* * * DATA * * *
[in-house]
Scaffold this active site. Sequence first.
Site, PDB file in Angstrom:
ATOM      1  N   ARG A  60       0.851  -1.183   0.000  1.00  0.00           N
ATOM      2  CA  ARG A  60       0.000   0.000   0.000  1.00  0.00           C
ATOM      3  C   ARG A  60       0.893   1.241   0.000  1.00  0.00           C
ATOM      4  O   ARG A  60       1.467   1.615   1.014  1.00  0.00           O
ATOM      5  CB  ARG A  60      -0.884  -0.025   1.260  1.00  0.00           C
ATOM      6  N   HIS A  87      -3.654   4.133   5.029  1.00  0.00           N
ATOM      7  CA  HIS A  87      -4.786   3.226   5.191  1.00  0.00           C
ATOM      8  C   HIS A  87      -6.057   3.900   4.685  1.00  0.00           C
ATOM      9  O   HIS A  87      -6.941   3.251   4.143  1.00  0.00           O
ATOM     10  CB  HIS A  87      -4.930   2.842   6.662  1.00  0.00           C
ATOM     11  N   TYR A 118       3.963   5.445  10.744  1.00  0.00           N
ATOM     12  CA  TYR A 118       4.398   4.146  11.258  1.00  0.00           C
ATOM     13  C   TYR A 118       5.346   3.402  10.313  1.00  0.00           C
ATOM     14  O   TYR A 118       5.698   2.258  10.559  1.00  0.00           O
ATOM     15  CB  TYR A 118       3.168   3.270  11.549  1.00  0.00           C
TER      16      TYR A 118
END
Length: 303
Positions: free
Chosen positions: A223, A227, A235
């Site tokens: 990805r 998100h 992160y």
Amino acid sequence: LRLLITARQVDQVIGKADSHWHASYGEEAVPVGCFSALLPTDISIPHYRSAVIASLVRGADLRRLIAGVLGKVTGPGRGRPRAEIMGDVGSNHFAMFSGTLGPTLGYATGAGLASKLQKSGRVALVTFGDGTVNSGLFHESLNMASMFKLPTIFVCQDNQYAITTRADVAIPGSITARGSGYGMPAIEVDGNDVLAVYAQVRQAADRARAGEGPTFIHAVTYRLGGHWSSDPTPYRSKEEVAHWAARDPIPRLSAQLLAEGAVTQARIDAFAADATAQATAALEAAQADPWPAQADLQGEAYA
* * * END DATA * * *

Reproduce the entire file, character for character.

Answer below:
[in-house]
Scaffold this active site. Sequence first.
Site, PDB file in Angstrom:
ATOM      1  N   ARG A  60       0.851  -1.183   0.000  1.00  0.00           N
ATOM      2  CA  ARG A  60       0.000   0.000   0.000  1.00  0.00           C
ATOM      3  C   ARG A  60       0.893   1.241   0.000  1.00  0.00           C
ATOM      4  O   ARG A  60       1.467   1.615   1.014  1.00  0.00           O
ATOM      5  CB  ARG A  60      -0.884  -0.025   1.260  1.00  0.00           C
ATOM      6  N   HIS A  87      -3.654   4.133   5.029  1.00  0.00           N
ATOM      7  CA  HIS A  87      -4.786   3.226   5.191  1.00  0.00           C
ATOM      8  C   HIS A  87      -6.057   3.900   4.685  1.00  0.00           C
ATOM      9  O   HIS A  87      -6.941   3.251   4.143  1.00  0.00           O
ATOM     10  CB  HIS A  87      -4.930   2.842   6.662  1.00  0.00           C
ATOM     11  N   TYR A 118       3.963   5.445  10.744  1.00  0.00           N
ATOM     12  CA  TYR A 118       4.398   4.146  11.258  1.00  0.00           C
ATOM     13  C   TYR A 118       5.346   3.402  10.313  1.00  0.00           C
ATOM     14  O   TYR A 118       5.698   2.258  10.559  1.00  0.00           O
ATOM     15  CB  TYR A 118       3.168   3.270  11.549  1.00  0.00           C
TER      16      TYR A 118
END
Length: 303
Positions: free
Chosen positions: A223, A227, A235
């Site tokens: 990805r 998100h 992160y």
Amino acid sequence: LRLLITARQVDQVIGKADSHWHASYGEEAVPVGCFSALLPTDISIPHYRSAVIASLVRGADLRRLIAGVLGKVTGPGRGRPRAEIMGDVGSNHFAMFSGTLGPTLGYATGAGLASKLQKSGRVALVTFGDGTVNSGLFHESLNMASMFKLPTIFVCQDNQYAITTRADVAIPGSITARGSGYGMPAIEVDGNDVLAVYAQVRQAADRARAGEGPTFIHAVTYRLGGHWSSDPTPYRSKEEVAHWAARDPIPRLSAQLLAEGAVTQARIDAFAADATAQATAALEAAQADPWPAQADLQGEAYA